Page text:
2 min read

Honesty and balance.

Barre Seid, a Chicago businessman, recently made a massive gift of $1.6 billion to the Marble Freedom Trust, a §501(c)(4) organization led by Leonard Leo. Criticism of this gift has already been as outsized as the gift itself. Much of it has focused on Leo’s effectiveness as a leader of the Federalist Society and the power that this new gift will give him in conservative circles. Other attacks have accused the donor of tax avoidance or worse. Before everyone gets lost in the narratives manufactured by the left concerning this contribution, allow me to give two cheers for Seid.

However, let me begin by disclosing that I am not completely disinterested in this story. One of my children works for CRC Advisors, an entity chaired by Leonard Leo. That said, Seid deserves our appreciation above and beyond anything linked to parental pride.

The first cheer is simply for his honesty about his intentions in making this large gift. Entities like the Marble Trust are allowed to engage in political activities short of making direct contributions to candidates. Many other wealthy people with the same intentions have been less open about their political ambitions and have made sizable donations to private foundations and donor advised funds (DAFs) under their control. Once there, they find multiple ways to support lobbying for their favorite issues, like climate change and justice reform, and to influence the outcome of elections through voter-registration drives, get-out-the-vote campaigns, and ads that address hot-button issues before elections. Seid did not choose this avenue. He knew he wanted his money to support a political agenda and he chose an organization explicitly created for that purpose.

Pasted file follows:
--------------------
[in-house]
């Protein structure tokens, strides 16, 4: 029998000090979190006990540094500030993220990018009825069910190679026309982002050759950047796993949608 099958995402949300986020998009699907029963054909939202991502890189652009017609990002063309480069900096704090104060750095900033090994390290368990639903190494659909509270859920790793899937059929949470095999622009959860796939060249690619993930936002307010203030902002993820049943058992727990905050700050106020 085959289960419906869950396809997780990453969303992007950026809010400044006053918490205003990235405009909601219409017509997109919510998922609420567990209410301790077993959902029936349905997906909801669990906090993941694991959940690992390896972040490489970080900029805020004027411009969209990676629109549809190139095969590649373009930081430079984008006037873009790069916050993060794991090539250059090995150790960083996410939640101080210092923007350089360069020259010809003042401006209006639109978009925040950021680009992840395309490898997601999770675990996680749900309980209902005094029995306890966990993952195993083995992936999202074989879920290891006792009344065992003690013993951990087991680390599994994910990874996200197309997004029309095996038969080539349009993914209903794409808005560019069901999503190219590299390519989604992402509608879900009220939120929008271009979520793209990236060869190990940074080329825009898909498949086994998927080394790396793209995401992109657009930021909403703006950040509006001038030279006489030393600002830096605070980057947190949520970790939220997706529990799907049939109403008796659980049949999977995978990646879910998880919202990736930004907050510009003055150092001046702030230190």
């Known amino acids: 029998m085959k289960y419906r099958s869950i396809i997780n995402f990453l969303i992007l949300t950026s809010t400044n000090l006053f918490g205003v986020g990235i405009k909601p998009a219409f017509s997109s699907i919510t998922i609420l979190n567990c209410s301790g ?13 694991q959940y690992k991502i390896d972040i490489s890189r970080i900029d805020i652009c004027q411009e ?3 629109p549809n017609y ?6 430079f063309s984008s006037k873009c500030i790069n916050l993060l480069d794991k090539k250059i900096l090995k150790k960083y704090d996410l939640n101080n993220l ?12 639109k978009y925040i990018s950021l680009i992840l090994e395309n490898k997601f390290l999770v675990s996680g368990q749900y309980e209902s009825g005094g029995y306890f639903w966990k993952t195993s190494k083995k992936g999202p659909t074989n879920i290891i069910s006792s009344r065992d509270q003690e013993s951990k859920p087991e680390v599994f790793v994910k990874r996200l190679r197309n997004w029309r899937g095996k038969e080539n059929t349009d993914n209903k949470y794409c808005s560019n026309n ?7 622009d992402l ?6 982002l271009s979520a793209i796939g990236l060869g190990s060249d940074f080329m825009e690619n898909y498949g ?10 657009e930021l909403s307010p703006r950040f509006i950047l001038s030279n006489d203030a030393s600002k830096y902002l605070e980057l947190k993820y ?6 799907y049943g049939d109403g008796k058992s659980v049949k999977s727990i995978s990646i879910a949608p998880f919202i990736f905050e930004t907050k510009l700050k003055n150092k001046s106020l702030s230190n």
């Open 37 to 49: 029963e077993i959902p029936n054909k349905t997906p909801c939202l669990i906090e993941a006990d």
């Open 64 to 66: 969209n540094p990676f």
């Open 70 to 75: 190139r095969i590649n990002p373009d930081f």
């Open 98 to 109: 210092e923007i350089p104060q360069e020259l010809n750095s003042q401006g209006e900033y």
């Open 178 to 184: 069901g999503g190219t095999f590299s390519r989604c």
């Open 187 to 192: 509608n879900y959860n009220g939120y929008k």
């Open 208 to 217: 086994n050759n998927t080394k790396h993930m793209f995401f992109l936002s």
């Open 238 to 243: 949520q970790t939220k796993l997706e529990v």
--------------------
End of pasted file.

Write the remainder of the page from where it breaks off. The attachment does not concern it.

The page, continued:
In making this choice, he also decided to forego a major tax deduction. Seid avoided paying taxes on the capital gains on the stock he owned in his company, Tripp Lite. Wise legal scholars have lamented that this may be legal, but it is certainly unfortunate that he was not required make the gift after taxes. Ironically, if he had chosen to give the stock to a foundation or DAF, he would have avoided the capital-gains tax and received a charitable deduction. This is the approach used by Bill Gates and other wealthy people on the left who want to shape politics and policymaking, but do so under the guise of charity.

The second cheer is for Seid’s willingness to help balance the playing field between conservative and liberal money in the (c)(4) arena. Over the past two decades, numerous organizations of this kind have emerged and most have a distinct tilt towards the left. Arabella Advisers is the best known of these entities, but George Soros, Hansjörg Wyss, Tom Steyer ,and others have created similar entities. While it is hard accurately estimate the amount of money that have gone into these left-of-center organizations, it is certainly much more than the amount donated by this concerned Chicago businessman. Now, he is not the first to support this type of work on the conservative side. The Kochs and others have also supported (c)(4)s of various stripes. But the size of this gift and the donor’s willingness to entrust it in the hands of someone with a proven track record is quite extraordinary.

Thank you, Barre Seid. You are a man of integrity who does not pretend to be charitable when your goals are political. And everyone should applaud your willingness to balance the political scales just a bit as we approach another round of elections in the Fall.